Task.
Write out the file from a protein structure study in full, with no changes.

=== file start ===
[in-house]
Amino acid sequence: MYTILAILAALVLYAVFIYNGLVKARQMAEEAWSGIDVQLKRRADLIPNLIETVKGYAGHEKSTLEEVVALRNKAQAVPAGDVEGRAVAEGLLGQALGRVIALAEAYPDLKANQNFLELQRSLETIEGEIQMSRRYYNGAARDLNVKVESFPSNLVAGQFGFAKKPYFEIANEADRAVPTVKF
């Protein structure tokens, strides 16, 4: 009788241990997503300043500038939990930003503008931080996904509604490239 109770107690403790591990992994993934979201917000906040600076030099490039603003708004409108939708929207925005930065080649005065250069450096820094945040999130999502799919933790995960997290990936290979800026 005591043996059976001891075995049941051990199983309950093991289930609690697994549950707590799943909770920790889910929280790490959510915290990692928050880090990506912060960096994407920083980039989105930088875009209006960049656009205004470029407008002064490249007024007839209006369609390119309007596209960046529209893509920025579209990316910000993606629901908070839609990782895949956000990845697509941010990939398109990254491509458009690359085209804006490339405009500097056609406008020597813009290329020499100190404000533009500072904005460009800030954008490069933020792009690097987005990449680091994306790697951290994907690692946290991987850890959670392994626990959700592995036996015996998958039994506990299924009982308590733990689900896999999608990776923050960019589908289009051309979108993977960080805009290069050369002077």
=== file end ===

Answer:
[in-house]
Amino acid sequence: MYTILAILAALVLYAVFIYNGLVKARQMAEEAWSGIDVQLKRRADLIPNLIETVKGYAGHEKSTLEEVVALRNKAQAVPAGDVEGRAVAEGLLGQALGRVIALAEAYPDLKANQNFLELQRSLETIEGEIQMSRRYYNGAARDLNVKVESFPSNLVAGQFGFAKKPYFEIANEADRAVPTVKF
């Protein structure tokens, strides 16, 4: 009788241990997503300043500038939990930003503008931080996904509604490239 109770107690403790591990992994993934979201917000906040600076030099490039603003708004409108939708929207925005930065080649005065250069450096820094945040999130999502799919933790995960997290990936290979800026 005591043996059976001891075995049941051990199983309950093991289930609690697994549950707590799943909770920790889910929280790490959510915290990692928050880090990506912060960096994407920083980039989105930088875009209006960049656009205004470029407008002064490249007024007839209006369609390119309007596209960046529209893509920025579209990316910000993606629901908070839609990782895949956000990845697509941010990939398109990254491509458009690359085209804006490339405009500097056609406008020597813009290329020499100190404000533009500072904005460009800030954008490069933020792009690097987005990449680091994306790697951290994907690692946290991987850890959670392994626990959700592995036996015996998958039994506990299924009982308590733990689900896999999608990776923050960019589908289009051309979108993977960080805009290069050369002077």